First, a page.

Innovation is needed to support Catholic schools, participants say

By Joyce Duriga | Editor
Sunday, March 27, 2011

Innovation and shared experiences can help financially invigorate our Catholic school systems across the country, according to participants at a Financial Summit on Catholic Schools held in Chicago March 10-11 and sponsored by the National Catholic Education Association and its Chief Administrators of Catholic Education department.

Superintendents, chief financial officers and some bishops from Catholic school systems with enrollments of 20,000 students or more gathered at Loyola University’s Water Tower campus to be motivated by futurist Joel Barker and to listen to two panels on finance and new ideas led by their peers.

The summit was an invitationonly gathering but the group hopes to replicate it for smaller school systems around the country. Representatives from the largest school systems meet annually to share ideas and discuss pressing issues but this is the first time they held a summit around finances, said Dan Curtain, executive director of CACE.

“We see Catholic schools across the country facing financial issues,” Curtain said. There are lower school enrollments because parents have difficulty affording tuition in a tough economy and schools lack the financial resources to increase financial assistance.

“People who are in diocesan offices are looking for new creative ways to help principals with enrollment and different issues like finances,” he said, adding that since schools all across the country look to the larger systems for ideas and help with their issues it made sense to start the summit with them.

“We need to do everything we can to strengthen Catholic education and to promote it to the many students who want it,” said Curtain.

Shifting paradigms

During the first day of the summit, motivational speaker Joel Barker talked to the group about ways to generate innovation and how it can help improve finances in Catholic education.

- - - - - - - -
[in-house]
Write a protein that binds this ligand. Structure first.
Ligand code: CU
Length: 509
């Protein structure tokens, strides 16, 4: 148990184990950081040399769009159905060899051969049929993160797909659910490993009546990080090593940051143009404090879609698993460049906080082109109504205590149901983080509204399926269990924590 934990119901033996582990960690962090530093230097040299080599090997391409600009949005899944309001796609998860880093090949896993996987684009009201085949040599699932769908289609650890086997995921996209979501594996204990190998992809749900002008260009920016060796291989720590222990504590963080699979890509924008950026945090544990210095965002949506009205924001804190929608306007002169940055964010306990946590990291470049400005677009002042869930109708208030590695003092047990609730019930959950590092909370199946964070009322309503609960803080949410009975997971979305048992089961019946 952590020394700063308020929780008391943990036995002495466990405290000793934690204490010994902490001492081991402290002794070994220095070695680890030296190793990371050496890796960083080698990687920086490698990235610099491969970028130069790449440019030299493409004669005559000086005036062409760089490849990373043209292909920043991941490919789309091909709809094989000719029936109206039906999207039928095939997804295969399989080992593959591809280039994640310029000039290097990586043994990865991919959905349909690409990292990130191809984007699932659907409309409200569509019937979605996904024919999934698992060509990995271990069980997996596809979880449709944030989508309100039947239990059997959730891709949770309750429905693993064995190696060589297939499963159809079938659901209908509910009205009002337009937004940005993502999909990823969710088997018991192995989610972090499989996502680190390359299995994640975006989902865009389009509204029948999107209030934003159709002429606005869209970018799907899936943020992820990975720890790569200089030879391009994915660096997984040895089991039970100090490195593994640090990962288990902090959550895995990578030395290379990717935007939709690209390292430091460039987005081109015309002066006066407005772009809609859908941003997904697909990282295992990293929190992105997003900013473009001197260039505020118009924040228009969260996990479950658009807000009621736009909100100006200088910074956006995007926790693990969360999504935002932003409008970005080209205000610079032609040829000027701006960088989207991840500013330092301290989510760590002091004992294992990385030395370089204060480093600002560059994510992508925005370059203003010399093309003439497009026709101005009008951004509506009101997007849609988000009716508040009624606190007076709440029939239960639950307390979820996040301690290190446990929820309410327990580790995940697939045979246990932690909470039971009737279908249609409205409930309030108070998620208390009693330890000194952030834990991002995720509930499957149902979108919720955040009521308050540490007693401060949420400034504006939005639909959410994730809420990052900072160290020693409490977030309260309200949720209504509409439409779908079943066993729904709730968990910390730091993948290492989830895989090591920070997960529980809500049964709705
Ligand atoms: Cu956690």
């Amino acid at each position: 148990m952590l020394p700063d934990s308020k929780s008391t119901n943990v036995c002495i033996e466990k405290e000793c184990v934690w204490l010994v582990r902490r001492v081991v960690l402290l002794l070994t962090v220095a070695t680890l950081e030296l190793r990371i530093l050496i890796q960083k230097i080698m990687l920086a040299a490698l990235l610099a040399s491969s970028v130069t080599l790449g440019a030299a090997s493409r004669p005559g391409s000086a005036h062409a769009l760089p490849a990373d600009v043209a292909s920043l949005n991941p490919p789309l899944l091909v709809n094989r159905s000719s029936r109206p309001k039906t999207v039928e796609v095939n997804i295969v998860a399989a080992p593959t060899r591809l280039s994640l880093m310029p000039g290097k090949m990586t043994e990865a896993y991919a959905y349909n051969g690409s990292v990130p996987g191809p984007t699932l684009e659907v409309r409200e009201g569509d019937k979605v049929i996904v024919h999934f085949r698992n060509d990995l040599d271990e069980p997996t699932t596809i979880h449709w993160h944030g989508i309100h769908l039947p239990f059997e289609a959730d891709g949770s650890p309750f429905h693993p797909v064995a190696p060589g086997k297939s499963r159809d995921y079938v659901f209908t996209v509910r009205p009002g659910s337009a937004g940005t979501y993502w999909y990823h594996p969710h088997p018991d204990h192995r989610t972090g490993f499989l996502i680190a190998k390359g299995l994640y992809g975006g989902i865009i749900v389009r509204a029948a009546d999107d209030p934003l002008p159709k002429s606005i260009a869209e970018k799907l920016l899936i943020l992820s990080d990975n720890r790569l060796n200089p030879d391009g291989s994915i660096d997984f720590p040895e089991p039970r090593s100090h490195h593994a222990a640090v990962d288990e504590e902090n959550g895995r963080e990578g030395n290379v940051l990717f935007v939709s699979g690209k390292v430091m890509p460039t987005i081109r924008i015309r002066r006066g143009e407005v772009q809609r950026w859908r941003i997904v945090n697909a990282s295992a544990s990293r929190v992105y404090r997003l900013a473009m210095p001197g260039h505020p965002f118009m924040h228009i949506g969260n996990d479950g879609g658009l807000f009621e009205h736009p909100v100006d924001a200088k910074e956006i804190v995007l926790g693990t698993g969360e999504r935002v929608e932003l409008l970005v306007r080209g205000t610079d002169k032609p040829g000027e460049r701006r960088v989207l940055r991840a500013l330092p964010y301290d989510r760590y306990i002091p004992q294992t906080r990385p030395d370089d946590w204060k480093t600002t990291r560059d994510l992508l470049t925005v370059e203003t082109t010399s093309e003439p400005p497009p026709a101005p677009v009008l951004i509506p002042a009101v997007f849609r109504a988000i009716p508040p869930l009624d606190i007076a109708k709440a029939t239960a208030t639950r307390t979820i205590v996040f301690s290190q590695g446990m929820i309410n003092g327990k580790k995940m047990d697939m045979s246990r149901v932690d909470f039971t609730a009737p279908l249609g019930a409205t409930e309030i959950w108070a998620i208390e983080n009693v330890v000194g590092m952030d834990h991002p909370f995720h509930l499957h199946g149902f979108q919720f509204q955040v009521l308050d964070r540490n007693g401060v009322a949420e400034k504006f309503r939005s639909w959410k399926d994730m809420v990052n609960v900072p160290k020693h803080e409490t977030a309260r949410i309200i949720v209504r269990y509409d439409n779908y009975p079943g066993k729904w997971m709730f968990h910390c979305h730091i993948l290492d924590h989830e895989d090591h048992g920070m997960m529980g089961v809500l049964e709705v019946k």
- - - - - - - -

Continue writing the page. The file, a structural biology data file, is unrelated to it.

The biggest route to innovation, he said, is through a paradigm shift. This changes the rules of how something is done and opens up opportunities for new ideas.

“The person most likely to help change your paradigm is someone who knows little of your paradigm,” Barker said.

He instructed the leaders on how to encourage idea sharing, especially among new staff members, and how to be open to it. Barker also gave examples of how innovation has been successful in other sectors.

Shared ideas

During the second day of the summit, the group heard from two panels of their peers about ways they are changing the financial landscape of their school systems.

In one panel, John Eriksen, superintendent of Catholic Schools in the Diocese of Paterson, N.J., talked about how his diocese moved to a systematized approach to finances with one business office in each of the diocese’s three counties. These offices manage the temporal affairs of the schools on behalf of the parishes.

Eriksen said he sees the model of parish-supported elementary schools going away so it is important to find new ways to manage the schools.

“I believe in 10 years parishes won’t be able to support their schools,” he said.

The systematized approach hasn’t solved all of the diocese’s problems, but it is helping the school system understand the scope of issues and more of what is going on, he said.

Scott Jensen from the American Federation for Children spoke about momentum building for school choice and voucher legislation in states across the country. A school voucher bill passed the Illinois State Senate last year but failed in the House.

One size doesn ’t fit all

Overall, the summit showed that one plan or solution does not fit all dioceses but everyone has to choose the best model for their diocese and do it well, said Springfield Dominican Sister M. Paul McCaughey, superintendent of Catholic Schools for the Archdiocese of Chicago.

During the summit Sister M. Paul also said there is a need for transparency in the schools.

“We need to see realistically what the schools are costing and how we can we support them,” she said, adding that schools’ vitality increases with transparency.

“Parents and donors know that their money is being used for what they said. They see the impact of their gift,” she said.

Sister M. Paul was on the organizing committee for the summit. Kevin Marzalik, the archdiocese’s chief financial officer attended the summit along with Bishop Francis Kane. Cardinal George celebrated a Mass for the group on the first evening of the summit.

Several of the new ideas shared at the summit are already being tested here in the Catholic schools such as early childhood centers and non-parish based schools.

Sister M. Paul said all of the educational leaders who attended the summit were saying the same thing: As parishes become more unable to financially support their schools, dioceses have to step in and support the schools and provide good Catholic education.